# medians for degree measurements

MRAB python at mrabarnett.plus.com
Sat Jan 23 02:12:11 CET 2010

```Steve Howell wrote:
> I just saw the thread for medians, and it reminded me of a problem
> that I need to solve.  We are writing some Python software for
> sailing, and we need to detect when we've departed from the median
> heading on the leg.  Calculating arithmetic medians is
> straightforward, but compass bearings add a twist.
>
> The numerical median of 1, 2, 3, 4, 5, 6, 359 is 4.  But for
> navigational purposes you would actually order the numbers 359, 1, 2,
> 3, 4, 5, 6, so the desired median heading of the boat is actually 3.
>
> Of course, you could express 359 better as -1 degrees to north, then
> the sequence would be -1, 1, 2, 3, 4, 5, and 6.  And you'd be good.
>
> But that trick does not generalize if you go south instead, as you
> have similar issues with -179, 174, 175, 176, 177, 178, and 179.
>
> Has anybody solved this in Python, either for compass bearings or a
> different domain?  I can think of kind of a brute force solution where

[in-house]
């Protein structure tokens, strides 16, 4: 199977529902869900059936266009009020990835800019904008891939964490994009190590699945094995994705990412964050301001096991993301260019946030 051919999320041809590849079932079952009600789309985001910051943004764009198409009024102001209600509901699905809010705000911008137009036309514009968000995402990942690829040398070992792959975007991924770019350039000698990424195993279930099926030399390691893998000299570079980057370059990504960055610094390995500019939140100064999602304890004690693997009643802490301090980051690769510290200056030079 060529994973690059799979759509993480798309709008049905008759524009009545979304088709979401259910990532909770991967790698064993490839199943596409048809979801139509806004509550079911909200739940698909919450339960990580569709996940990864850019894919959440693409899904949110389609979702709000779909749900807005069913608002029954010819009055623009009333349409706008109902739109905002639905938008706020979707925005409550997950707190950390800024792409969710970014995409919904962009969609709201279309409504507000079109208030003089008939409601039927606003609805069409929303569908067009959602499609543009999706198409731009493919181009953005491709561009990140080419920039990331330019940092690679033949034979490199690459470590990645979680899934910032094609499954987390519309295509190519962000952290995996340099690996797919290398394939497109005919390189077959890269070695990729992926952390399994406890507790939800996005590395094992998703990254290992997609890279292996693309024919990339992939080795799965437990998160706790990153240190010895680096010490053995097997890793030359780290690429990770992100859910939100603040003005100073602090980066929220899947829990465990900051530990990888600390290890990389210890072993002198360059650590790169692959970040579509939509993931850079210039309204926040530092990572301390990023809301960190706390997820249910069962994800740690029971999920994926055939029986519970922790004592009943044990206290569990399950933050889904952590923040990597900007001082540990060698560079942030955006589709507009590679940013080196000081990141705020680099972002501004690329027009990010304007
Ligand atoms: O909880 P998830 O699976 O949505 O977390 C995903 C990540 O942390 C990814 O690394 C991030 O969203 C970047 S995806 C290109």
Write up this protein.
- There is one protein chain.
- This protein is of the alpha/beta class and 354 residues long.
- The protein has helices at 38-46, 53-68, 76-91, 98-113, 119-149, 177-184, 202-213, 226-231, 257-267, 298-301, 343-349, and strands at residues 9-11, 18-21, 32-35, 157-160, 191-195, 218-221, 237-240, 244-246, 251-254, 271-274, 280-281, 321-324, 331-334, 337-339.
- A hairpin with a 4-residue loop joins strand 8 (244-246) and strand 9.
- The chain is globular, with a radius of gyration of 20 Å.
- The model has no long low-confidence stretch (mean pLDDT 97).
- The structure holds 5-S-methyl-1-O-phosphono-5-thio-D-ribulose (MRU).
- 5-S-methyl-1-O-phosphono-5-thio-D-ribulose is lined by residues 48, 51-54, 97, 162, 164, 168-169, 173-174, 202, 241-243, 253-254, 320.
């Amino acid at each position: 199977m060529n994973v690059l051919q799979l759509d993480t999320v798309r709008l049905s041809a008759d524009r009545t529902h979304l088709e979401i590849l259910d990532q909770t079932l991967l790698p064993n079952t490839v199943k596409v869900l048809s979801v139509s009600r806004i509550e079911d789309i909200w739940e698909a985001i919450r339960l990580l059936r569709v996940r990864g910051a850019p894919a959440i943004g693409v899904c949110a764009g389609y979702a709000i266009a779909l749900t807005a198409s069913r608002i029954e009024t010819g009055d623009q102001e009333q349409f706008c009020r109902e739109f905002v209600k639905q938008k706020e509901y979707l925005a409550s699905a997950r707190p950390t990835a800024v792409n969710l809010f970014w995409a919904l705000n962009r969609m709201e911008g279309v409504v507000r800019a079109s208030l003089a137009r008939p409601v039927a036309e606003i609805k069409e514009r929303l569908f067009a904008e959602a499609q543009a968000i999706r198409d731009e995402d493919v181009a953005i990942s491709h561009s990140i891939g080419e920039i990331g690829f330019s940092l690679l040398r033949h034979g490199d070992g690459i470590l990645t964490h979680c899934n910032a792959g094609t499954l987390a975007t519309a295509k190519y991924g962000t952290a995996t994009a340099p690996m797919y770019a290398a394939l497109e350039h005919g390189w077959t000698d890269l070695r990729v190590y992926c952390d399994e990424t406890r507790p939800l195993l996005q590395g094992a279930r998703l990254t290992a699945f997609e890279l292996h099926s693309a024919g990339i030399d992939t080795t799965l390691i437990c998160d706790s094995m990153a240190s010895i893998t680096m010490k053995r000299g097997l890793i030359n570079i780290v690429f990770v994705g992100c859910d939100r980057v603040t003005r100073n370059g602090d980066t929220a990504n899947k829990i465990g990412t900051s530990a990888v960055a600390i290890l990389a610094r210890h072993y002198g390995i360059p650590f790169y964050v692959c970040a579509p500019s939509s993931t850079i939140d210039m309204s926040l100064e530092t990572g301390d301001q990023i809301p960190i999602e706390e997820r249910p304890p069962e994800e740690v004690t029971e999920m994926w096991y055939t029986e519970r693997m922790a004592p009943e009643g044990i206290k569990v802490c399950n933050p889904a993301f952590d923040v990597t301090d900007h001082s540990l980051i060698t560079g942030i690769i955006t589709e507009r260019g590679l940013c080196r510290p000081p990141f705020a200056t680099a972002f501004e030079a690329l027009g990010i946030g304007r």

> you keep rotating the sequence until the endpoints are closest
> together mod 360, but I wonder if there is something more elegant.
>
you pick the middle one. However, when you cross north the values
decrease. You can spot whether the set of headings crosses north by
checking whether the difference between the minimum and maximum is
greater than 180. If it is then make the westerly headings negative,
sort the values, and pick the middle one, adding 180 if it's negative.

def compass_median(points):
points = sorted(points)
if points[-1] - points[0] > 180:
points = [(p - 360 if p > 180 else p) for p in points]
points.sort()
median = points[len(points) // 2]
return median + 360 if median < 0 else median

```